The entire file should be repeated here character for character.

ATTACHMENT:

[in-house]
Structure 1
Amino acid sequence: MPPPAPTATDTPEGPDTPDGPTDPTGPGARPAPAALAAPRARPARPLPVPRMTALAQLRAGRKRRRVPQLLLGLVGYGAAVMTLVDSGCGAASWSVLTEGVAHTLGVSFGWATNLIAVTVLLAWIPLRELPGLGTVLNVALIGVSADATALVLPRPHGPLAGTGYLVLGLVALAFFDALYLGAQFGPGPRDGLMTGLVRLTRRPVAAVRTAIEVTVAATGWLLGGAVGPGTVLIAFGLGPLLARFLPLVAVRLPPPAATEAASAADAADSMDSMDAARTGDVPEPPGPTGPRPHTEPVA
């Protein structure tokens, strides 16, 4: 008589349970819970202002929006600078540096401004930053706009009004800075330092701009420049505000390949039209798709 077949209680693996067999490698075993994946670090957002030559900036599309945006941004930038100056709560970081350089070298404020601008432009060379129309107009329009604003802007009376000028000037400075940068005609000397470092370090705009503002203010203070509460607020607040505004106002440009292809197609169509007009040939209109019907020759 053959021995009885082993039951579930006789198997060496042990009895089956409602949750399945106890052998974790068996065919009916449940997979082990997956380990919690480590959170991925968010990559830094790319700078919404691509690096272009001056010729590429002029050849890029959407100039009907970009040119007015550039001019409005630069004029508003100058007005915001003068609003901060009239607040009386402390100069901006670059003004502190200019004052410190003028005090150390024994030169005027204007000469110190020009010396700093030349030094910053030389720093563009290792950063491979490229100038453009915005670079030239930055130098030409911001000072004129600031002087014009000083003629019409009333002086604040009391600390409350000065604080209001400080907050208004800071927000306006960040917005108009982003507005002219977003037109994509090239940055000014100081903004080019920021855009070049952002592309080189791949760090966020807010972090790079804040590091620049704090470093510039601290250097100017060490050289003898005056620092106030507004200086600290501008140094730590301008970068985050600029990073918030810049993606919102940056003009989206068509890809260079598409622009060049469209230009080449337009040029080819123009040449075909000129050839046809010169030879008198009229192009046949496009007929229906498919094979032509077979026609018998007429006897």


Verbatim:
[in-house]
Structure 1
Amino acid sequence: MPPPAPTATDTPEGPDTPDGPTDPTGPGARPAPAALAAPRARPARPLPVPRMTALAQLRAGRKRRRVPQLLLGLVGYGAAVMTLVDSGCGAASWSVLTEGVAHTLGVSFGWATNLIAVTVLLAWIPLRELPGLGTVLNVALIGVSADATALVLPRPHGPLAGTGYLVLGLVALAFFDALYLGAQFGPGPRDGLMTGLVRLTRRPVAAVRTAIEVTVAATGWLLGGAVGPGTVLIAFGLGPLLARFLPLVAVRLPPPAATEAASAADAADSMDSMDAARTGDVPEPPGPTGPRPHTEPVA
């Protein structure tokens, strides 16, 4: 008589349970819970202002929006600078540096401004930053706009009004800075330092701009420049505000390949039209798709 077949209680693996067999490698075993994946670090957002030559900036599309945006941004930038100056709560970081350089070298404020601008432009060379129309107009329009604003802007009376000028000037400075940068005609000397470092370090705009503002203010203070509460607020607040505004106002440009292809197609169509007009040939209109019907020759 053959021995009885082993039951579930006789198997060496042990009895089956409602949750399945106890052998974790068996065919009916449940997979082990997956380990919690480590959170991925968010990559830094790319700078919404691509690096272009001056010729590429002029050849890029959407100039009907970009040119007015550039001019409005630069004029508003100058007005915001003068609003901060009239607040009386402390100069901006670059003004502190200019004052410190003028005090150390024994030169005027204007000469110190020009010396700093030349030094910053030389720093563009290792950063491979490229100038453009915005670079030239930055130098030409911001000072004129600031002087014009000083003629019409009333002086604040009391600390409350000065604080209001400080907050208004800071927000306006960040917005108009982003507005002219977003037109994509090239940055000014100081903004080019920021855009070049952002592309080189791949760090966020807010972090790079804040590091620049704090470093510039601290250097100017060490050289003898005056620092106030507004200086600290501008140094730590301008970068985050600029990073918030810049993606919102940056003009989206068509890809260079598409622009060049469209230009080449337009040029080819123009040449075909000129050839046809010169030879008198009229192009046949496009007929229906498919094979032509077979026609018998007429006897």